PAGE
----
The asymmetry in understanding between the religious and non-religious comes from the fact that religious people know that they have faith in the unprovable and accept that while many non-religious people have faith in the belief that they are not relying on having faith in unprovable beliefs.
All existence and human perception starts with superempirical or supernatural assumptions. The religious understand that and many religious people perceive and understand the contortions that many non-religious people go through in order to convince themselves that they don't rely on superempirical assumptions. Because those non-religious people are so busy with their contortions they don't notice the religious people on the sideline staring at them and laughing.
Wednesday, October 26, 2005
Tuesday, October 25, 2005
Aviation Week and Space Tech (Oct 17, 2005, page 23) reported that last year US graduated 70,000 engineers. India had 350,000 and China 600,000. 59 percent of US engineering PhDs went to foreign nationals in 2003.In addition, the scientific establishment in the United States continuously bitches and moans that we're not funding enough scientific research.
Coming engineer shortage will be hard on US defense industry who must hire US Citizens with clearances.
So who's to blame? According to the scientific and academic establishments and talking heads, the blame can be placed squarely at the feet of those ignorant and backwards Red-Staters who shun science and all things rational. Indeed, the morons want to teach Creationism or Intelligent Design in their public schools. How awful!
I have a different perspective. It looks to me like the science educators in this country have put a big sign up on all of the science classrooms that says, "Those with religious beliefs are not welcome here!" It looks to me like the scientific establishment would much prefer to advocate anti-religious ideology than to actually have more students interested in science.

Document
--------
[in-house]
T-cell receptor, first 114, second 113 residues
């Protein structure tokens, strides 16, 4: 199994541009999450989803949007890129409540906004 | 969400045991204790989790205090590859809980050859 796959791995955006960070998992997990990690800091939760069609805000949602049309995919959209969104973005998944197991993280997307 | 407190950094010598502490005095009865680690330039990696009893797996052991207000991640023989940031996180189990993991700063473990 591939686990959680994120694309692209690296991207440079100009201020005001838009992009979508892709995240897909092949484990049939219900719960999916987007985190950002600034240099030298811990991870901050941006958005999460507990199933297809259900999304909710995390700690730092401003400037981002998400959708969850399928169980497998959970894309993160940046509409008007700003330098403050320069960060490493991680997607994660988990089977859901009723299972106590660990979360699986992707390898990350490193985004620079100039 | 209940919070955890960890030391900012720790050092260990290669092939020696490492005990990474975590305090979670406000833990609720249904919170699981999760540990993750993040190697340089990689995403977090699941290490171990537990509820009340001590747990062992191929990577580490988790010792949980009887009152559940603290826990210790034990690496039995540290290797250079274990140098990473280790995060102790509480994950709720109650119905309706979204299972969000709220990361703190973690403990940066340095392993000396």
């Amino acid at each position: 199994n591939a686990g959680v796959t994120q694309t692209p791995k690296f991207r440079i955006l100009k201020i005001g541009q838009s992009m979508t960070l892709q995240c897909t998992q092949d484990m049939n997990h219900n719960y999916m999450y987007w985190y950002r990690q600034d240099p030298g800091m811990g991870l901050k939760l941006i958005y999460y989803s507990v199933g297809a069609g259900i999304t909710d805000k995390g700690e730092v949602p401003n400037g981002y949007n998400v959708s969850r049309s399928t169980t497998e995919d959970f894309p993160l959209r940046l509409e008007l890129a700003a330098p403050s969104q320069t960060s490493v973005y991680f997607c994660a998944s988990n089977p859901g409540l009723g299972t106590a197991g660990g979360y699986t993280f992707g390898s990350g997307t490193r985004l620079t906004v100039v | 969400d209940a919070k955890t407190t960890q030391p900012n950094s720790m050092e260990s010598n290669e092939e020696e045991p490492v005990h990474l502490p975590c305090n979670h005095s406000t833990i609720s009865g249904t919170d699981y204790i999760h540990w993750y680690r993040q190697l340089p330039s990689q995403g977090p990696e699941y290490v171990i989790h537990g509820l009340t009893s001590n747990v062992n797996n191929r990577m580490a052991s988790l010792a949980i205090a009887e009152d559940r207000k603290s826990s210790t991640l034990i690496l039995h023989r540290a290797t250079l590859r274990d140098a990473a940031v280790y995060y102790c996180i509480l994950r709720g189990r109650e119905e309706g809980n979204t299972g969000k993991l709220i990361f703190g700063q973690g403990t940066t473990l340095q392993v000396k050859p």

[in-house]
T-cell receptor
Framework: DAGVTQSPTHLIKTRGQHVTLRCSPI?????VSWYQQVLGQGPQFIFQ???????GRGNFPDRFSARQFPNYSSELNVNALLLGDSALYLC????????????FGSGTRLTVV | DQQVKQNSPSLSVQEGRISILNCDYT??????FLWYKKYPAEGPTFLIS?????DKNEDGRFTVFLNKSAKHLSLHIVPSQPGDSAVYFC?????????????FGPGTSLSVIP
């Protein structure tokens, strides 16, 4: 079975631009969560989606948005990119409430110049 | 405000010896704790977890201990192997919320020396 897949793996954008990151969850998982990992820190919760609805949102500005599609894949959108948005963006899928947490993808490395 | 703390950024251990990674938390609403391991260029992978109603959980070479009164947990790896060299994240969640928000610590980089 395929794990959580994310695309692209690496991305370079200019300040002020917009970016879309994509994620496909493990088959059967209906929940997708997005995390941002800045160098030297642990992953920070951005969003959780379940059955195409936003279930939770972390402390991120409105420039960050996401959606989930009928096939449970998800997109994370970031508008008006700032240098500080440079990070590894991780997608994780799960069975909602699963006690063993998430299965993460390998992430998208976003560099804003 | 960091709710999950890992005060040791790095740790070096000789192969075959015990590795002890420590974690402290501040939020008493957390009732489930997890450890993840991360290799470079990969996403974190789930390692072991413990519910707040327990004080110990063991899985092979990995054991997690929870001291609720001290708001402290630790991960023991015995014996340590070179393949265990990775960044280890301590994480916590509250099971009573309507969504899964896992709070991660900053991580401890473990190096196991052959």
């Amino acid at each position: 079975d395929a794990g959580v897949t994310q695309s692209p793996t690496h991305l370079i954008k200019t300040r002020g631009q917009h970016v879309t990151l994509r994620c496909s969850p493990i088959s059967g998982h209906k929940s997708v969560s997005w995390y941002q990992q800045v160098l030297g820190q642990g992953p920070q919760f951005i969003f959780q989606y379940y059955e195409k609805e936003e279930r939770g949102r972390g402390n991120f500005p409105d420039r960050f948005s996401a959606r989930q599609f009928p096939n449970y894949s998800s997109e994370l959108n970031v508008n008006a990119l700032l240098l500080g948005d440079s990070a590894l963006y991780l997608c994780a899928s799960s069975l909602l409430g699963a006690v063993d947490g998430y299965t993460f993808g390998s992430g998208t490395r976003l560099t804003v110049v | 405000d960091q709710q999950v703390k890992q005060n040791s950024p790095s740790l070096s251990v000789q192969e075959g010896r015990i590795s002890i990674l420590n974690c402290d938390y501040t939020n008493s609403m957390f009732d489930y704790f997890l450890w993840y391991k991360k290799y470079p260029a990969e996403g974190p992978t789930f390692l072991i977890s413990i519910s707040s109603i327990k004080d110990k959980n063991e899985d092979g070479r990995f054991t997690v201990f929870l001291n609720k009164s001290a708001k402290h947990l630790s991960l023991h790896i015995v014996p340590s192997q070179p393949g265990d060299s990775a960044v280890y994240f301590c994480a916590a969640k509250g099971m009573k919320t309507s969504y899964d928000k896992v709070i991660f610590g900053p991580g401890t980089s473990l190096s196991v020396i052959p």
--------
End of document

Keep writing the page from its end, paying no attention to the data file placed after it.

A person's belief system is often his or her most prized position. We can argue about whether or not that would be true in an ideal world, but it is true in this one. If the choice is between learning scientific knowledge that contradicts one's belief system and avoiding science, the choice is an easy one for many people - they will simply be uninterested in learning science. In addition, they're probably not going to be particularly interested in funding science either.
Yet, it would be no big trick to teach science in a religion friendly way. First, greatly reduce and/or skip over historical science topics (Paleontology, Archaelogy, Common Descent, etc.) while emphasizing science that focuses on technology going forward. Most of the conflict between science and religion centers on explanations of the past. The past is past, no reason to waste time explaining it in scientific terms to those who are hostile to the concept. Even though some people think otherwise, I think there is little, if any, historical science that's required as a foundation for forward looking science. For example, a while back, I had the following conversation with Jim Hu, a biologist from the Texas A&M, in the comments to a Left2Right post on this very subject.
Me: [N]o understanding of Evolution is required to understand the process for creating GMOs. DNA, transcription, and gene splicing...In other words, if you assume, as Jim Hu does, that Common Descent is True, then of course the differences in DNA between related lifeforms is closely coupled with Common Descent. However, there is no need to believe or understand Common Descent via Evolution to be able to understand transcription and the like, and it's possible to be a perfectly good scientist without knowing about or believing Common Descent.